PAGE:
How Religion Affects People


Religion is a very complex phenomenon that influences people in many different ways. It can bring people together and help them in times of crisis, but it can also be a source of conflict between members of the same religion. The most common way that religions influence people is through the guidance that they provide for how to live their lives. This guideline may be expressed in the form of a code of conduct, a moral philosophy or a set of beliefs about how the universe works. In most religions, this guidance is given through a hierarchy of spiritual leaders, the most important being God.

One of the key issues for any system of religious belief is how to evaluate what is good and bad, or right and wrong. This question has been an issue for all religious traditions in some form, although not necessarily all of them have answered it the same way. For example, within the same religion, there may be a wide range of judgments about what is good and what is not, and these may differ diametrically from one another. The same is true of the questions of what to do and how to do it, where the choice of a course of action will require an evaluation of its wisdom or foolishness or whether it is prudent or rash.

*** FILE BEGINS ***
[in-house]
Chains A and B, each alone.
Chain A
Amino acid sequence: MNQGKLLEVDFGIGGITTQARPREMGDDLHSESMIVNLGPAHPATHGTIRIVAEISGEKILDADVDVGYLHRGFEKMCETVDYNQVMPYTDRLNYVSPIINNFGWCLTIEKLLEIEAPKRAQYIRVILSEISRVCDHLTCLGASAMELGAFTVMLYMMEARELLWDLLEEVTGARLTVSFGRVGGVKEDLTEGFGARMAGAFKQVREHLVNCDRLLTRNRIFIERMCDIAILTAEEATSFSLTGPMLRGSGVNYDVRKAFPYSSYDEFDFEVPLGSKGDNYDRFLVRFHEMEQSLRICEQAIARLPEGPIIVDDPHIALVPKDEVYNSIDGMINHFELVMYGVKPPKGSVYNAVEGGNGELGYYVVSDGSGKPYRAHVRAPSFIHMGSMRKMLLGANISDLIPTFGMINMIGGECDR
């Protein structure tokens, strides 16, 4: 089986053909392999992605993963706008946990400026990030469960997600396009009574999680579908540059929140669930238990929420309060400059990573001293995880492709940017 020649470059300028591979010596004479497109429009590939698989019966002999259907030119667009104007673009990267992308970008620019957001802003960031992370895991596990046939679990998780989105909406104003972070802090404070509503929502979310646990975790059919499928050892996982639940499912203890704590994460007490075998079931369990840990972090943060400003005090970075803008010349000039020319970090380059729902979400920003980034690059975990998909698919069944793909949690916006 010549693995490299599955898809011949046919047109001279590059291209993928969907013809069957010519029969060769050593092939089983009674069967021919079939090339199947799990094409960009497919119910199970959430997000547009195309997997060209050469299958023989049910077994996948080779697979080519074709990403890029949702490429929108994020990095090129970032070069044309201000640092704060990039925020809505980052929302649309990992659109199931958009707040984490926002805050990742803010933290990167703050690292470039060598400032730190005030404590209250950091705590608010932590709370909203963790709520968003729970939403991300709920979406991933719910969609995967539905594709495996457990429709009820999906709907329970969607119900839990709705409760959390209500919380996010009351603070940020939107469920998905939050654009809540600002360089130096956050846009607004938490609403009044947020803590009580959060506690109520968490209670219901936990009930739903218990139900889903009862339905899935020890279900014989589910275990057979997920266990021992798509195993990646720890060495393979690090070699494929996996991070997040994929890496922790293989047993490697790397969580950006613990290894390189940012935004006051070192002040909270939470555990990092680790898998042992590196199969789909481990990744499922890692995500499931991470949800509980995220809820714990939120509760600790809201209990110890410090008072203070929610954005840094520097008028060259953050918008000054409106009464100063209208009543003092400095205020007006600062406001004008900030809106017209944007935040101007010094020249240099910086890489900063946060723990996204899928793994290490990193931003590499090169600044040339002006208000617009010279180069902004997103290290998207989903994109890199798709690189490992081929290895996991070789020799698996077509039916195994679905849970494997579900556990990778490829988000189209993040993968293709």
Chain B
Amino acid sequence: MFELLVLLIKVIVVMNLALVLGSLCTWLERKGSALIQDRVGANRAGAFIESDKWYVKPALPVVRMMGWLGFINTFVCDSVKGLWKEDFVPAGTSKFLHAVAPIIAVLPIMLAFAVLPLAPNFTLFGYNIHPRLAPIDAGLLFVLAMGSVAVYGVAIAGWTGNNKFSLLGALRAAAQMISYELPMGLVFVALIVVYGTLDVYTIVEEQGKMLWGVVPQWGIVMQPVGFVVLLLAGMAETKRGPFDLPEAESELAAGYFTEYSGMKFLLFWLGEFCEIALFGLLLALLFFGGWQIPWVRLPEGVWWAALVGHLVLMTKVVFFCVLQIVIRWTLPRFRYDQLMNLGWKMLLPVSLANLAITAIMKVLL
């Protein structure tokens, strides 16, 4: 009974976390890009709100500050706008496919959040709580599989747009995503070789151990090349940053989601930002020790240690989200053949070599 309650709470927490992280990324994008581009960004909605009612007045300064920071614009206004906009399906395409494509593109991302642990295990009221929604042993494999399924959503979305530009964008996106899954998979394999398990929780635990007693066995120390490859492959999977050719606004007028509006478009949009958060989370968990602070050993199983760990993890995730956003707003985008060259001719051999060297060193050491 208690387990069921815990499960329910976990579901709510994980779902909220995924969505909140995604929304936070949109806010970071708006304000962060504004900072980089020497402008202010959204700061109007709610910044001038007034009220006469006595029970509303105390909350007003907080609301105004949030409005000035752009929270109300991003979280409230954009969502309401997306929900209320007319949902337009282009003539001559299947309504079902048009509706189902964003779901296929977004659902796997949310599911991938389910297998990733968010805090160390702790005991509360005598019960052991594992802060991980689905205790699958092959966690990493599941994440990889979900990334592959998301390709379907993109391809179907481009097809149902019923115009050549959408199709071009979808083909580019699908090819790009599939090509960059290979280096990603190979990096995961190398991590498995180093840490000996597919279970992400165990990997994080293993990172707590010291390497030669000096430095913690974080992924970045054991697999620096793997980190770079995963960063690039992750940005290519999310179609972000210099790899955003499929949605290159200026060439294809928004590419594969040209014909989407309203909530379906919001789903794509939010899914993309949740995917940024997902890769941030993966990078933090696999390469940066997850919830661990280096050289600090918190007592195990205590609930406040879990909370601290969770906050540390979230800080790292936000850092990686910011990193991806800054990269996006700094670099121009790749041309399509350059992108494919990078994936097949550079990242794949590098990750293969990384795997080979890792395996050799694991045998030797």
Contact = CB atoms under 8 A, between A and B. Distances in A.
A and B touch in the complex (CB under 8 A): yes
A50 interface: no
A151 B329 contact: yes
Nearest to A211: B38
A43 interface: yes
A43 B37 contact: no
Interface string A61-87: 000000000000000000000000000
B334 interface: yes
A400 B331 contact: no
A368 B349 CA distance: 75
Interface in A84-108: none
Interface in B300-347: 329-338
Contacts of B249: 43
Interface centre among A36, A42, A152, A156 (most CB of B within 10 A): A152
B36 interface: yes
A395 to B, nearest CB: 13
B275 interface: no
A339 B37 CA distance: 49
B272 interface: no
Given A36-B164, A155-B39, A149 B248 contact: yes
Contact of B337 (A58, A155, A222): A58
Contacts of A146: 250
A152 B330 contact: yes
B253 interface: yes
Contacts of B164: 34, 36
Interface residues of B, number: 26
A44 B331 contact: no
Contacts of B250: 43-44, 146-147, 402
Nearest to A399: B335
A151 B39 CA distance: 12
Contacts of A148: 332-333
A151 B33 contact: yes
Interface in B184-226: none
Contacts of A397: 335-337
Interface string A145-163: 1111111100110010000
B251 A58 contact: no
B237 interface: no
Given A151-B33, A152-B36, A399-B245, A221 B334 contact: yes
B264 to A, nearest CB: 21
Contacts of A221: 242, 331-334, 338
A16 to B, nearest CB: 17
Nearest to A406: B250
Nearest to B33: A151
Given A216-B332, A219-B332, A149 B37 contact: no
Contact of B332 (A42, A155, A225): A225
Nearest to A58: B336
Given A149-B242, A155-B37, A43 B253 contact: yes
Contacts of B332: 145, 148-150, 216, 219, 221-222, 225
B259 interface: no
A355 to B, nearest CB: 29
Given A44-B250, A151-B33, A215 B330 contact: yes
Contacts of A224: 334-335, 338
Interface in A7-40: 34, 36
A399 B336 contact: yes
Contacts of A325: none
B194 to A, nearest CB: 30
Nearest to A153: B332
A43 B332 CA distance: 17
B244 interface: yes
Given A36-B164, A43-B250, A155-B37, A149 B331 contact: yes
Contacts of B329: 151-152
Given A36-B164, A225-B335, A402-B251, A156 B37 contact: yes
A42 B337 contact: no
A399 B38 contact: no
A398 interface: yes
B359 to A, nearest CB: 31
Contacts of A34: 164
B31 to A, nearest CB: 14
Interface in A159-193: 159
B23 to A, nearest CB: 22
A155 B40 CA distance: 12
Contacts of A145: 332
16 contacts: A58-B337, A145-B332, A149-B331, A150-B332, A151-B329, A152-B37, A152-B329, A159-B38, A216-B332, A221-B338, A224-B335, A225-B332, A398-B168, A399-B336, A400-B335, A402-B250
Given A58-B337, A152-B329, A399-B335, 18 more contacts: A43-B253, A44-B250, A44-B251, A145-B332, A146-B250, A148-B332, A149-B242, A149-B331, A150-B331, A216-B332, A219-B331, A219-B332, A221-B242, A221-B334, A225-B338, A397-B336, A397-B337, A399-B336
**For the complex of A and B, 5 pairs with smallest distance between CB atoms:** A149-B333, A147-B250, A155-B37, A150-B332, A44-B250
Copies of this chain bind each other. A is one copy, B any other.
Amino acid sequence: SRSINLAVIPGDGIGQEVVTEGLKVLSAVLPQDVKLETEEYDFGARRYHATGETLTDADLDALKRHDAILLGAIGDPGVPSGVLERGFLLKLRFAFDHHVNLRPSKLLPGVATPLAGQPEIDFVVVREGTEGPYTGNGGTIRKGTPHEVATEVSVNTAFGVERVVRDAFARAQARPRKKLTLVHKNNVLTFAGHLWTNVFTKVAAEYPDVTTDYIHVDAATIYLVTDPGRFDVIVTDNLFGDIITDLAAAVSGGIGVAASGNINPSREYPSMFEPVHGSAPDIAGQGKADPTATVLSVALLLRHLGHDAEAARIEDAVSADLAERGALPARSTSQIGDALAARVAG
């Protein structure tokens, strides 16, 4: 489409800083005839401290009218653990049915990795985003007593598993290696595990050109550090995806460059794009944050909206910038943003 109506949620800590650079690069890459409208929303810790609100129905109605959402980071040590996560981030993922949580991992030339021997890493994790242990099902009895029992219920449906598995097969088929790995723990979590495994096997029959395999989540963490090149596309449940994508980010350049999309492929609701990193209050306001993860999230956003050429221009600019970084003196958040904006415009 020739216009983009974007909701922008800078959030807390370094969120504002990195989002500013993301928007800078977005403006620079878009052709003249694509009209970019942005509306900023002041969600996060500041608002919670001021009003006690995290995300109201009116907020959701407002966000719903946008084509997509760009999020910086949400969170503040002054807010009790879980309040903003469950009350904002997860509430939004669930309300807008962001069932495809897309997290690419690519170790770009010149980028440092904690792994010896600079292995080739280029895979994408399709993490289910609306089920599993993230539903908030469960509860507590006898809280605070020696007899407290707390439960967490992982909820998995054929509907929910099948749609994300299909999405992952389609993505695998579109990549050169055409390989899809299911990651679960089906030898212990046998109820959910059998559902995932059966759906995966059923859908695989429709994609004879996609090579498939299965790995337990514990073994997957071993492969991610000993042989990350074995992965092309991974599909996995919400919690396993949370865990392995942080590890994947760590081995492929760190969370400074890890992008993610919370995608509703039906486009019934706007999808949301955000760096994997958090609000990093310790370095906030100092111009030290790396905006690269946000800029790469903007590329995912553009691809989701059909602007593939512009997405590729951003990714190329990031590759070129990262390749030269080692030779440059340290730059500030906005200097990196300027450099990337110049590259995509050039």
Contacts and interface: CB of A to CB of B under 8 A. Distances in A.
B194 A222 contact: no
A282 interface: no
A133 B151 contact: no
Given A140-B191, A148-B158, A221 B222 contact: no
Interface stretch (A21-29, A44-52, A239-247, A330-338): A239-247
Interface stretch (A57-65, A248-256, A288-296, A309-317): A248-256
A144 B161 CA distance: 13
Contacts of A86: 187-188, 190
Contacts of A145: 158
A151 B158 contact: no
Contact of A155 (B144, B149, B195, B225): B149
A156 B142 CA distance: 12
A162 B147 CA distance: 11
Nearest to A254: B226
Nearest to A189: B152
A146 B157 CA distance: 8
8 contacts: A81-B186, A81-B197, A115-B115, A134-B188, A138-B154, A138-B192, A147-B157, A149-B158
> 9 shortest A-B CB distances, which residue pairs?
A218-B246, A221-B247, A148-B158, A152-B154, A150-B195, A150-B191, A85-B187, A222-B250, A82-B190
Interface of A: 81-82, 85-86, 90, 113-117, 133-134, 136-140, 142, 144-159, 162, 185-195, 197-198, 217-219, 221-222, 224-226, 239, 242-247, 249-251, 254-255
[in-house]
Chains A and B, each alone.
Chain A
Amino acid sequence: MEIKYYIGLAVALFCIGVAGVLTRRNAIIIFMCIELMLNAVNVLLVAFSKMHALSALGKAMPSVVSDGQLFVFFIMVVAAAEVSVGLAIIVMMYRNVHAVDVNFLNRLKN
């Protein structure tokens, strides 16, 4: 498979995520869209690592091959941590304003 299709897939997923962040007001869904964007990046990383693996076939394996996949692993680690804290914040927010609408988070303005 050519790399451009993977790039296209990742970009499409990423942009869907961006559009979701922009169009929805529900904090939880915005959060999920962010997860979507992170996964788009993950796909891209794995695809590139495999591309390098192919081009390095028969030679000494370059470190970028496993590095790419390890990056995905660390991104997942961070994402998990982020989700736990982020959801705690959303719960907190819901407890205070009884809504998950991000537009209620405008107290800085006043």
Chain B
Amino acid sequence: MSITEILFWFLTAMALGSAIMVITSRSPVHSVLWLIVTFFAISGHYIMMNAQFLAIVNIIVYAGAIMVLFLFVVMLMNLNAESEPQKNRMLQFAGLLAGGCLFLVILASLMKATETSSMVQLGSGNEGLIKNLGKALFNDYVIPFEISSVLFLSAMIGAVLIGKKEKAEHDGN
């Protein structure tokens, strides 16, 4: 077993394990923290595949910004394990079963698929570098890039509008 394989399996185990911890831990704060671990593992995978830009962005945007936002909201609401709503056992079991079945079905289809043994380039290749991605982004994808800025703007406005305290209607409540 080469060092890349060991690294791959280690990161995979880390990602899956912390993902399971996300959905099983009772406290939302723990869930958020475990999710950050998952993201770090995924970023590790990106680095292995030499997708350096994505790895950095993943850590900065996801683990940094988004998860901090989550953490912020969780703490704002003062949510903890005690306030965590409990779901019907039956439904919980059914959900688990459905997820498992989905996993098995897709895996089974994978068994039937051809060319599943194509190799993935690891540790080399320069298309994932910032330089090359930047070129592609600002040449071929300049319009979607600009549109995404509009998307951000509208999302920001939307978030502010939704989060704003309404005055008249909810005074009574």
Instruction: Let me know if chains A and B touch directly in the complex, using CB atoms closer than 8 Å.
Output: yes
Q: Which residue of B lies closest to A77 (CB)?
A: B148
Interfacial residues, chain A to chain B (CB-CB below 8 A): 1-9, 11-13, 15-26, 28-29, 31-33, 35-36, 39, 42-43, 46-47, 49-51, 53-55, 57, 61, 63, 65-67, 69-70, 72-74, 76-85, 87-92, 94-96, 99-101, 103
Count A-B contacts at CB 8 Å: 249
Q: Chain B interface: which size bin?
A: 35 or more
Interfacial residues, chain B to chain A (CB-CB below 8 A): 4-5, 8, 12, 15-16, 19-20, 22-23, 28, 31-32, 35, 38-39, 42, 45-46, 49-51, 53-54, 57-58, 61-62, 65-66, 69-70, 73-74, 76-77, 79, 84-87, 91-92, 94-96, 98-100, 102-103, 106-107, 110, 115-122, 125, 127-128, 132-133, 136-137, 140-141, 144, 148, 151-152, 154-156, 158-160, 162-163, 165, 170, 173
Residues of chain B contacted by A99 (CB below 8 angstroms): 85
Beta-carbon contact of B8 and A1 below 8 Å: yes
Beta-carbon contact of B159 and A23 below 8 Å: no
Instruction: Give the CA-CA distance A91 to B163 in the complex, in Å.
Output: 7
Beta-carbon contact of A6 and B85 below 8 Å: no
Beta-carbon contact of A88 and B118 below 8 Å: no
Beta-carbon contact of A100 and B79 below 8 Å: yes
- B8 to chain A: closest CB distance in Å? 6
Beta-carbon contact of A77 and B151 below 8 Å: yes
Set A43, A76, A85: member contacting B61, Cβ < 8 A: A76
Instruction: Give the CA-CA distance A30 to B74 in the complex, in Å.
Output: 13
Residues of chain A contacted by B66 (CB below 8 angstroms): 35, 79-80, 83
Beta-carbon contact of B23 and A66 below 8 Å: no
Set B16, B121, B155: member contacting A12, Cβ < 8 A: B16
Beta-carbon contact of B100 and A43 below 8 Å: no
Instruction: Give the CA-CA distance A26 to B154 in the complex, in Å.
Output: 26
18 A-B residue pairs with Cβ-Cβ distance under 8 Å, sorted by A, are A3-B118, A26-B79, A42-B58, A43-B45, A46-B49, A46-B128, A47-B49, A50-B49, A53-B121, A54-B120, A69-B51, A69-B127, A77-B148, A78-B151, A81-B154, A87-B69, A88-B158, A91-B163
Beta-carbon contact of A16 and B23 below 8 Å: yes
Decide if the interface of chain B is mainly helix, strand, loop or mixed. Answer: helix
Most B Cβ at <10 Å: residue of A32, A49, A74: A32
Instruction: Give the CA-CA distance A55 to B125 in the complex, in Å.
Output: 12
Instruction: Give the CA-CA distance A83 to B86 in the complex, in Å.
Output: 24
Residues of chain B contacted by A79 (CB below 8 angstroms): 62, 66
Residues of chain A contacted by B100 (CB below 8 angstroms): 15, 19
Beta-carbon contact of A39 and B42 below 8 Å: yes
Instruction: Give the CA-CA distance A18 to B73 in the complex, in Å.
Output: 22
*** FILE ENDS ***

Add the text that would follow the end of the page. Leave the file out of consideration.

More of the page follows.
A further problem is that, as we have seen, it is extremely difficult to define what is, or what is not, a religion. This is because, in practice, human beings will always do things religiously to some extent. Some of these things will be done scrupulously, generously, ecstatically, prayerfully, sacrificially and ritually; others will be done irreligiously or ad hoc, or cynically and with no regard for morality. There is thus a great deal of variation about what qualifies as a religion, and so much so that it has often been tempting for scholars to try to find a definition that will cover all of these cases (this approach has been referred to as a “monothetic set” of definitions).

However, to do so will be to miss the point of why humans have created religions in the first place. Religions are created to make life as project a little easier by providing a set of means for attaining what may be the most important goals that humans can conceive of. Some of these are proximate, and can be attained in this life (a wiser, more fruitful, more charitable, or more successful way of living), while others are ultimate, and have to do with the final condition of this or any other individual or even of the cosmos itself.

One solution to this problem has been the emergence of what have been called polythetic approaches to the concept of religion. These move away from the classical view that all instances of a concept will have some property which accurately describes them, and instead treat concepts as having prototype structures. This is a radical change in the way that the concept of religion has been treated for most of the history of the field, but it offers an opportunity to understand religion in all its complexity.